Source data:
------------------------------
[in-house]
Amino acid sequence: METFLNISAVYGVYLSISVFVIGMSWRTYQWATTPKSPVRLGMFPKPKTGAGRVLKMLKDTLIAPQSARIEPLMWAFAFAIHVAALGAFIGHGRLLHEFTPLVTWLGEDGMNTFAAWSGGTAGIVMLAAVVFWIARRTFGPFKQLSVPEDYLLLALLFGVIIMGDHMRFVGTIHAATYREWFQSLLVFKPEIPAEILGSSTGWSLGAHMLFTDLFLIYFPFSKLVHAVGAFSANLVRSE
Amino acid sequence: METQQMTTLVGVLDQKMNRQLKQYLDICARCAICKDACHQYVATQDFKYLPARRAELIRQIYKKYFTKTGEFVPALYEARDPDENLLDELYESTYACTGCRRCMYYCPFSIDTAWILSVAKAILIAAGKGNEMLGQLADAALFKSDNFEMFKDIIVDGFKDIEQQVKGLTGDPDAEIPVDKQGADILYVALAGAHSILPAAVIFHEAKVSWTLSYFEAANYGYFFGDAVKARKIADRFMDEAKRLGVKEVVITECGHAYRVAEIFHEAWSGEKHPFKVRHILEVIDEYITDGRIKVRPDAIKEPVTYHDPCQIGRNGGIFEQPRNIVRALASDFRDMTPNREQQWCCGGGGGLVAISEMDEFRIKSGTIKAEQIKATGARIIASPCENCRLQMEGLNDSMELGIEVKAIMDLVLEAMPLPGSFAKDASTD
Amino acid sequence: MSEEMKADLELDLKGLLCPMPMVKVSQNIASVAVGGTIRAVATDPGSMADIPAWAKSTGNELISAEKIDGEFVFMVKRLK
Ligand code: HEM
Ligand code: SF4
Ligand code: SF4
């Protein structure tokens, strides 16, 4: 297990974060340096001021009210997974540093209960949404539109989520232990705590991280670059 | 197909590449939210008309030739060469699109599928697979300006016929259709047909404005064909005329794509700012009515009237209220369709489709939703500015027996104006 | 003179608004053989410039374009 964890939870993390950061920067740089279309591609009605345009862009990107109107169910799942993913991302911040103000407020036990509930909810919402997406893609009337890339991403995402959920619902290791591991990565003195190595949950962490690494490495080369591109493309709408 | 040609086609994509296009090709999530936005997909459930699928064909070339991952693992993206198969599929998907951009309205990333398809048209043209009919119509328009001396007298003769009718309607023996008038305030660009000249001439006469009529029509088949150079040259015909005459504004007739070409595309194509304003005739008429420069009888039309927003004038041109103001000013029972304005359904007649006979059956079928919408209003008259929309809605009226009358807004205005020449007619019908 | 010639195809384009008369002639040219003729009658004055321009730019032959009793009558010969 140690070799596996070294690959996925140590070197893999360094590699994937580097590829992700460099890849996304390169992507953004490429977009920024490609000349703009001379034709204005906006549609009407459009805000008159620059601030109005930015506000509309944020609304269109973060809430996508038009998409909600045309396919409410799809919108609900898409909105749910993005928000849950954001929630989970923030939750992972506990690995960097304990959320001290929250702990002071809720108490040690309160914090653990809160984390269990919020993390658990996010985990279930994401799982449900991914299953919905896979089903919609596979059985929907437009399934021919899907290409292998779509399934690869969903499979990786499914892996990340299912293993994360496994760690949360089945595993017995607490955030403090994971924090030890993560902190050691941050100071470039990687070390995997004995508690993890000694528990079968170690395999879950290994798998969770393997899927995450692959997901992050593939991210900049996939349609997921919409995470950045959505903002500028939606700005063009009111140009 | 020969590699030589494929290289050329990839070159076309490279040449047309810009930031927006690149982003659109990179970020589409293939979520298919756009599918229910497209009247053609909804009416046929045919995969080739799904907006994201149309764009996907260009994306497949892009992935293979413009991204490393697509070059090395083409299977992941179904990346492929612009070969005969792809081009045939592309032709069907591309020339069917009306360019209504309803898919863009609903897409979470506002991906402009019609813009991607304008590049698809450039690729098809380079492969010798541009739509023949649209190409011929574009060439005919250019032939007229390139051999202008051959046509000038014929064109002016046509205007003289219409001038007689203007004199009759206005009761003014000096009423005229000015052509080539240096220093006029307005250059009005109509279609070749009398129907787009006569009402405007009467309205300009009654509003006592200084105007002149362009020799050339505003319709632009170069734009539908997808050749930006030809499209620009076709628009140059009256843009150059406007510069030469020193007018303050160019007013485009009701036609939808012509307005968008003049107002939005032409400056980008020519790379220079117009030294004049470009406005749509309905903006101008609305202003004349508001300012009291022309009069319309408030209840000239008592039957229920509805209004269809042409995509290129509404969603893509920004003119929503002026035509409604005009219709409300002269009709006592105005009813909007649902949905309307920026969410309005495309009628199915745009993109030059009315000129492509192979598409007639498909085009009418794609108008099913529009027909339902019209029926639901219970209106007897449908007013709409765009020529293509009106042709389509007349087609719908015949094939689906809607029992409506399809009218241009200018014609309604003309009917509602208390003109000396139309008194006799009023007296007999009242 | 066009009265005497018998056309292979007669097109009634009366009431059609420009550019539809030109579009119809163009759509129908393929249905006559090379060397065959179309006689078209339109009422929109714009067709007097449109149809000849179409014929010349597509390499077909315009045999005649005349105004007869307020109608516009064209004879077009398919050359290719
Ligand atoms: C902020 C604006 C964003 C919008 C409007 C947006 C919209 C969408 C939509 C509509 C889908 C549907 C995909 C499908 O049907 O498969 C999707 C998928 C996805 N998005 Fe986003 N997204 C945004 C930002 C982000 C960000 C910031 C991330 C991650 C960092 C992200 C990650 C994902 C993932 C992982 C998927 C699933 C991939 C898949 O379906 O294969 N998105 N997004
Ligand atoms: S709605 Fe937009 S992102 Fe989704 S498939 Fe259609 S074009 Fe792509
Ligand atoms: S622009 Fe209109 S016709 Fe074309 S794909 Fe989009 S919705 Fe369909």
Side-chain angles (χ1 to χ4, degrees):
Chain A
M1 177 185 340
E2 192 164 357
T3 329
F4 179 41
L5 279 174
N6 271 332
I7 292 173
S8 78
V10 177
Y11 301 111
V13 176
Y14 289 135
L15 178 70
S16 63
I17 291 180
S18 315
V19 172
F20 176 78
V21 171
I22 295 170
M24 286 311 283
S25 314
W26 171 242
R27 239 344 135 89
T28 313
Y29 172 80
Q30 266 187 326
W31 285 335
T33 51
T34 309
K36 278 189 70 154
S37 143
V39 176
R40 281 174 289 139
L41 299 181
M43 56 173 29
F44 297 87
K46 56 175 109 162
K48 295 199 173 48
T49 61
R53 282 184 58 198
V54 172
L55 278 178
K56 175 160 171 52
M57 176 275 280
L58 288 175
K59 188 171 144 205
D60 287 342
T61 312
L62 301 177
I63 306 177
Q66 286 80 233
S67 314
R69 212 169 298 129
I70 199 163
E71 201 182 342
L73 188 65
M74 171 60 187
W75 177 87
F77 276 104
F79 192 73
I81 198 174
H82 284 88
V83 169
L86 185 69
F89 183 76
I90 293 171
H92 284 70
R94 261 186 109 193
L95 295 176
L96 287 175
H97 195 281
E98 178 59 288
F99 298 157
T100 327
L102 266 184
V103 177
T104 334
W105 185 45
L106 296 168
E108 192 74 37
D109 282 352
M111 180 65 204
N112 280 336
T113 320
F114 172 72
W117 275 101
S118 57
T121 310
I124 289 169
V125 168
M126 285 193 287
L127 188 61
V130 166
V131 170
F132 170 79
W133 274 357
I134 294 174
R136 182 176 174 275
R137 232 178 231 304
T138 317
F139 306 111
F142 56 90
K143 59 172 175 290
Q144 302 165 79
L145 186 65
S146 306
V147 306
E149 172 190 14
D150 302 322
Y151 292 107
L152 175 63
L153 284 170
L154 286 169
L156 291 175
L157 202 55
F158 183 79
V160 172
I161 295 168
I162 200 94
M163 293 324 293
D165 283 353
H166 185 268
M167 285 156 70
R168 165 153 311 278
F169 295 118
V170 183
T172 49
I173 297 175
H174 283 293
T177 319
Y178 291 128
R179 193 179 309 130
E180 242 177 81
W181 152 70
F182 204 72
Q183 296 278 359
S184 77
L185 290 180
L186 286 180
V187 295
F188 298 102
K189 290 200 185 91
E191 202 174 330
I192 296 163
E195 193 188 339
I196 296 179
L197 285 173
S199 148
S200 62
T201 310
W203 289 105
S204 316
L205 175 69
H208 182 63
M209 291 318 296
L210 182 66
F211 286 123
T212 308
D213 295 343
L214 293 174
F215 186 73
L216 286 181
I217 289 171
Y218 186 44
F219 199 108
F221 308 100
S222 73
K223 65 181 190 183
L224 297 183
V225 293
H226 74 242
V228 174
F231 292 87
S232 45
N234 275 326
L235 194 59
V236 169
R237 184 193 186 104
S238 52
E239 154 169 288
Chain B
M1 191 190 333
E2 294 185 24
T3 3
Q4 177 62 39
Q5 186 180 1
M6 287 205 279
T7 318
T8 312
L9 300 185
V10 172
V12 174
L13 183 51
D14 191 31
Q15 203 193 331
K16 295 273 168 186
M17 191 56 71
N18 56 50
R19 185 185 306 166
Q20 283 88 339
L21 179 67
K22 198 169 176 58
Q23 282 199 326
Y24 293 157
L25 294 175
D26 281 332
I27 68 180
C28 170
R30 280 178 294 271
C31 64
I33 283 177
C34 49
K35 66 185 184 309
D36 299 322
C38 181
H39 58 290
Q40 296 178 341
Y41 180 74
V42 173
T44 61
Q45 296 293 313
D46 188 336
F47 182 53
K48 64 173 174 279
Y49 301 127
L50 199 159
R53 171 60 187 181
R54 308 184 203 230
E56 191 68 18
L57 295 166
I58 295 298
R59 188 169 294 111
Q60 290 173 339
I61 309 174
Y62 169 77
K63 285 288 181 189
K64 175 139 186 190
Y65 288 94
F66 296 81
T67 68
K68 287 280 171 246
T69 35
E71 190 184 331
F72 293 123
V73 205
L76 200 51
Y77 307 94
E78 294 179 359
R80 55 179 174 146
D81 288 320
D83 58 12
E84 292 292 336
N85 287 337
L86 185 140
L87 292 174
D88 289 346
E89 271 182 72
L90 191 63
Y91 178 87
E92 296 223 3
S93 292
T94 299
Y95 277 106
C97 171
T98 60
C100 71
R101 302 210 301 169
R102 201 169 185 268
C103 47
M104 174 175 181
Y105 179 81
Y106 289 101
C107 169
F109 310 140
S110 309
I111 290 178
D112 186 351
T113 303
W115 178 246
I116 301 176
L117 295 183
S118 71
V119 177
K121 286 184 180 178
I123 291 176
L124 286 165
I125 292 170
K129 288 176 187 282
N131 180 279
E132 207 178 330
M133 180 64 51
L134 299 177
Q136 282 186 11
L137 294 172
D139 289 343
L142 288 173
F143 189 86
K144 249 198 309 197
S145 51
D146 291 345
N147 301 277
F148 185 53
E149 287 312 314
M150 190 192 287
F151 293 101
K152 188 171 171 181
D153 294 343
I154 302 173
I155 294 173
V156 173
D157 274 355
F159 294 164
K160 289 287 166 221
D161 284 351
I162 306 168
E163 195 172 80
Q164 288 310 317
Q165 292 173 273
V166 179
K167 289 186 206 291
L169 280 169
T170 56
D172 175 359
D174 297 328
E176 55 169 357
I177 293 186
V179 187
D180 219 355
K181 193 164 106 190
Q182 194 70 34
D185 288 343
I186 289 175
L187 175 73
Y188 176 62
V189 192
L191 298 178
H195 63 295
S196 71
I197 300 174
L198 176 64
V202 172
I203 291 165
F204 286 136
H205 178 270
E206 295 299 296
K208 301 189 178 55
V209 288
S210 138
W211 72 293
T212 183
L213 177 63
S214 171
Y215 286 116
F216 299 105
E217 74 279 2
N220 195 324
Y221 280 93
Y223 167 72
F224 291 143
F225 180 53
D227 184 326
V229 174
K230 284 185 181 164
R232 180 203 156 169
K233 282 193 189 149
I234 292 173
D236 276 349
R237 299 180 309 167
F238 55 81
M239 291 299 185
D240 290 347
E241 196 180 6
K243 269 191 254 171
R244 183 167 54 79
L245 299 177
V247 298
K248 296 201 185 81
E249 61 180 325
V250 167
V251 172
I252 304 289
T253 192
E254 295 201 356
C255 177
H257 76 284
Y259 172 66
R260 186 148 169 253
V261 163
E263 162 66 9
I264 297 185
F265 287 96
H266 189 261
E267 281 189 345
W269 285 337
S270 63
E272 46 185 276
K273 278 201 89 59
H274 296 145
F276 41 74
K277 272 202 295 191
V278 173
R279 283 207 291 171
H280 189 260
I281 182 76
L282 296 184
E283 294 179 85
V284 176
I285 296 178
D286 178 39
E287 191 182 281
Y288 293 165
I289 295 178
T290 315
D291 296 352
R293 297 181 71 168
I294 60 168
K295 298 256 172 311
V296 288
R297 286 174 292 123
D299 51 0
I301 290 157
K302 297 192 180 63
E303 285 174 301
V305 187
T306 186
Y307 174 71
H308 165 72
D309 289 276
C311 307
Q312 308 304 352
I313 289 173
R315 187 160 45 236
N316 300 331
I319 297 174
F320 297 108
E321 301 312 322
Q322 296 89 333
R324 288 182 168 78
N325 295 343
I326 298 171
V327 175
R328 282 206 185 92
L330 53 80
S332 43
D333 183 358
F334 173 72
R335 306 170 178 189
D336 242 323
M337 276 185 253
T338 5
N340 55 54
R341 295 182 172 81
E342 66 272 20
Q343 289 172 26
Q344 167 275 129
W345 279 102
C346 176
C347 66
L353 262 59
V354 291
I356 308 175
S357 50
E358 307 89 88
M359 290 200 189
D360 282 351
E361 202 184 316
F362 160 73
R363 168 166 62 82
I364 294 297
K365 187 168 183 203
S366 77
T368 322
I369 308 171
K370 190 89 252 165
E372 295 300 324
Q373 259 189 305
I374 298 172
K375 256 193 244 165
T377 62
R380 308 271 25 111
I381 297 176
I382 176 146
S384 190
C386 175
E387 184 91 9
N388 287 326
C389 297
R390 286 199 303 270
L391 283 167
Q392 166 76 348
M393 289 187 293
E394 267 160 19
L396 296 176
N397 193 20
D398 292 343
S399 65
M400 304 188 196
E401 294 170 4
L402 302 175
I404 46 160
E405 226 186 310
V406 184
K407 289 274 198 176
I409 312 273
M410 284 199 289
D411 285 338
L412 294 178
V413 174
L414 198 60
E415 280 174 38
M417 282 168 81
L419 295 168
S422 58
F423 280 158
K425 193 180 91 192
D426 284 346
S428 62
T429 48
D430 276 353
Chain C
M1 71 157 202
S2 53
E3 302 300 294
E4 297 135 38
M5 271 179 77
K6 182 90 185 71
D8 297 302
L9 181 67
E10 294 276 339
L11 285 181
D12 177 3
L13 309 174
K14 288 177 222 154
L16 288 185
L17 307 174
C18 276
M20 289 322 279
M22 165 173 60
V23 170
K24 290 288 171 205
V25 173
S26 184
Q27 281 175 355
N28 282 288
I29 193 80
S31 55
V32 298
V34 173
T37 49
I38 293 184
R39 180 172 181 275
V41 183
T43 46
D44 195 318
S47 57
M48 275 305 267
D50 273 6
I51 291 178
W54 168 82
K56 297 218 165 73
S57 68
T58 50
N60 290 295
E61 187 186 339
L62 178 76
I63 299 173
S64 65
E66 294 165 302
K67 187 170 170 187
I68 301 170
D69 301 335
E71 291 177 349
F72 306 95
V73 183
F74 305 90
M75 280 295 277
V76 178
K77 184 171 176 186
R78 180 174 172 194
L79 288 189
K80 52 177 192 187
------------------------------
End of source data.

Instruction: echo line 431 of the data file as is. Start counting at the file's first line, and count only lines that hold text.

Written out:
K295 298 256 172 311